Spanish parking places are smallest in Europe
Steve Tallantyre · 13 Feb 2014, 12:48
Published: 13 Feb 2014 12:48 GMT+01:00
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Getting out of a car wedged into a tiny underground parking space is a rite of passage for motorists in Spain.
Drivers are often seen scrambling across their vehicles and contorting themselves to squeeze out of the passenger-side door because they don't have room to open their own.
Getting into the spaces isn't always easy either, as the scraped-off bodywork paint on concrete columns in car parks will attest.
Now motorists can console themselves with the fact that it isn't a lack of parking skills that leads to their frustration and repeated trips to the paint yard, but a combination of larger modern vehicles and inadequate car park design.
EuroTest, a partnership of 18 automobile clubs in 17 countries, has released a report showing that Spanish parking places are officially the tightest in Europe.
The Real Automóvil Club de Catalunya (RACC), one of the participating groups, noted that Barcelona regulations insist only that parking places be 2.2 metres wide and 4.5 metres long.
That is much tighter than elsewhere in Europe, where parking bays are typically 20-30cm wider and 30cm longer.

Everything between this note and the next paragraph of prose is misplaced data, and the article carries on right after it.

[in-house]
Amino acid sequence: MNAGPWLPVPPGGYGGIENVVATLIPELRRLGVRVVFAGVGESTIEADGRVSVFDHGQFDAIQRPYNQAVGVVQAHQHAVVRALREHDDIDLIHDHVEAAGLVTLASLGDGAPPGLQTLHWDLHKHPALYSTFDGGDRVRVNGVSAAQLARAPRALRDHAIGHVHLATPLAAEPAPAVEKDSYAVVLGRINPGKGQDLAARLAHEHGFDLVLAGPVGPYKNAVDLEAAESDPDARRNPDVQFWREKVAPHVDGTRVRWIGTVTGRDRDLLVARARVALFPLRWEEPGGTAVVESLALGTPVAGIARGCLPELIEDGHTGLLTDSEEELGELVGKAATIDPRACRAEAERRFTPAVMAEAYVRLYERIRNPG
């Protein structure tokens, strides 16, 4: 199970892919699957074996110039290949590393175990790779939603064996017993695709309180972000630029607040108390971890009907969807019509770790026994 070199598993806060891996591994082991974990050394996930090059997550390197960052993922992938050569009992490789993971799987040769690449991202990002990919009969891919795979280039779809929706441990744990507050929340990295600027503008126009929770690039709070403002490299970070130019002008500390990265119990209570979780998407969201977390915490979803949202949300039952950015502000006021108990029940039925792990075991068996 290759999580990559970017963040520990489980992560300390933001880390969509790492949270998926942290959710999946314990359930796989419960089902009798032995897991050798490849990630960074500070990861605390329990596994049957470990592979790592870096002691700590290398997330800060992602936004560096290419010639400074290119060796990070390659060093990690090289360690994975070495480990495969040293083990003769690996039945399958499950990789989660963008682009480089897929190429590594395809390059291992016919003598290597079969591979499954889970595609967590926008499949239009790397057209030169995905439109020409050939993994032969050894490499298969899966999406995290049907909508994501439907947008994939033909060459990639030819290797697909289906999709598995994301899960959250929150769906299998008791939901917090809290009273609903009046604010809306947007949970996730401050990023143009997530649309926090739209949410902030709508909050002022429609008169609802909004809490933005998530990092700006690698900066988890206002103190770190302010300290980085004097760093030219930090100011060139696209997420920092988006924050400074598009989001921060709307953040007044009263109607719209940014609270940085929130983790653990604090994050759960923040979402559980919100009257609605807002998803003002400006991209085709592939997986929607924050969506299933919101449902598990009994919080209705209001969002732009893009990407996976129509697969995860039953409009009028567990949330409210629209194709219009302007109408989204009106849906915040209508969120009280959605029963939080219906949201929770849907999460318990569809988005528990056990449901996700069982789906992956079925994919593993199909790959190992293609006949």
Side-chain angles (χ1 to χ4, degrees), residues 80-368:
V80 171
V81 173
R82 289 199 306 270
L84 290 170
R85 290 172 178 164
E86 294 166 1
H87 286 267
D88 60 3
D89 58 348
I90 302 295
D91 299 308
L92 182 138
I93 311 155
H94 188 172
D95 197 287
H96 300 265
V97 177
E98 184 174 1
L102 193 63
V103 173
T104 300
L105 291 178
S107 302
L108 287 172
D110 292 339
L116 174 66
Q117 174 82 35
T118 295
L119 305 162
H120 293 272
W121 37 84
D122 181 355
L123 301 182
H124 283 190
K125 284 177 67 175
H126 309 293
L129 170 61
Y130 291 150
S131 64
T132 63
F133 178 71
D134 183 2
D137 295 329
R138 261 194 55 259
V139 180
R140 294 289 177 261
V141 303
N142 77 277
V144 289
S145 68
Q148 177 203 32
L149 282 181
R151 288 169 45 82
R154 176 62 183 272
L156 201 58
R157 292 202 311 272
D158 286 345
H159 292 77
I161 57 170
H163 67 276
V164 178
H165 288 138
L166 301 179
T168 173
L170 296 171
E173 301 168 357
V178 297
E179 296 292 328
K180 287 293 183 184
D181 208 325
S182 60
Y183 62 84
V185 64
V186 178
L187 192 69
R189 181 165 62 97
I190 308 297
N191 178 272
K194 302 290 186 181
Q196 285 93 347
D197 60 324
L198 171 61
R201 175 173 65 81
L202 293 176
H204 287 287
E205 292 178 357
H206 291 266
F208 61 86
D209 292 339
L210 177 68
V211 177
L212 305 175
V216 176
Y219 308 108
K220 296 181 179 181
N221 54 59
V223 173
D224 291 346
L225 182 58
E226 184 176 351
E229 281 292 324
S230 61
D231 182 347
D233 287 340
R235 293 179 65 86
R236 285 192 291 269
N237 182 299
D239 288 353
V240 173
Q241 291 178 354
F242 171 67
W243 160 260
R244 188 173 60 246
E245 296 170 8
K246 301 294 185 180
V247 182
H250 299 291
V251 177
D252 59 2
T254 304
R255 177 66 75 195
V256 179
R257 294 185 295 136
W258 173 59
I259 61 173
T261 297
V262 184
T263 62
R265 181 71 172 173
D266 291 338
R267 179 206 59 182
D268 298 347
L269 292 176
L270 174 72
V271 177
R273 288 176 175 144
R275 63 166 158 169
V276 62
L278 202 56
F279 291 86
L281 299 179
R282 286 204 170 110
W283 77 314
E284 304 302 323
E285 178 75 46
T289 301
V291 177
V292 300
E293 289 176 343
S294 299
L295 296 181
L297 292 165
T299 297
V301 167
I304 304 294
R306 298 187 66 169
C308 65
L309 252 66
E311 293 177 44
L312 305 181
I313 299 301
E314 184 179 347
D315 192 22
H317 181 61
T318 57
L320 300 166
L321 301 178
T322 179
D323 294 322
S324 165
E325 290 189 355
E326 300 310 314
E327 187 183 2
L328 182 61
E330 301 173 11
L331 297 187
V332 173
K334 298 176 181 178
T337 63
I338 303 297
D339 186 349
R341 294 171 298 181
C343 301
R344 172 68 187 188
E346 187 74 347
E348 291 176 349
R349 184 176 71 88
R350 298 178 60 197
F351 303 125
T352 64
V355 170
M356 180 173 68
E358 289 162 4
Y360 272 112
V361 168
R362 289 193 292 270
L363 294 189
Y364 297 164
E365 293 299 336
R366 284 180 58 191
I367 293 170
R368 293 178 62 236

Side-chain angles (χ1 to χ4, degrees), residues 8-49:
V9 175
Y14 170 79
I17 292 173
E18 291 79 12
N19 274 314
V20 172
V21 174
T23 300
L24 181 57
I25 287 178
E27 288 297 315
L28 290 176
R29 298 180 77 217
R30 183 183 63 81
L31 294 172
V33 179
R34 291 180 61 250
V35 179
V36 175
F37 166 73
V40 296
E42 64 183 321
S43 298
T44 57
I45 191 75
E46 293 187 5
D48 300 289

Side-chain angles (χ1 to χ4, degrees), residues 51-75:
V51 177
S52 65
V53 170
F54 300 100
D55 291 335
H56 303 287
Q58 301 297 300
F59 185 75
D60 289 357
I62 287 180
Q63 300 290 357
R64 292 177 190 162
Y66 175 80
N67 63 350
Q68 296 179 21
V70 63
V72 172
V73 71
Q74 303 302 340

Madrid motorists don't fare much better; Spain's capital insists only on 2.25 metre-wide spaces.
EuroTest suggests that parking bays should be at least 2.5m wide to fit modern vehicles.
A chart in their report shows how a typical small car has increased in size over recent decades, resulting in the current tight-fit fiasco.
A 1974 Volkswagen Golf was 1.61m wide, whereas the 2012 version is 2.03m with its wing mirrors unfolded.
RACC have asked that larger bays "should be mandatory in new car parks and when existing car parks renew their licences."
Catalan daily La Vanguardia spoke to the Barcelona Provincial Guild of Automobile Repair Workshops who said that bodywork damage resulting from parking mishaps was so common that many motorists no longer even getting it repaired, making it difficult to gauge the full extent of the problem.
The Eurotest report also slammed Spain's car parks for being "dark and cramped" and having poor wheelchair access.
But not everything was bad news.
The common practice of charging by the minute, not by the hour, was praised as "less costly for short-stay parkers".
And the country was ranked alongside France as having the greatest number of parking places for motorcycles.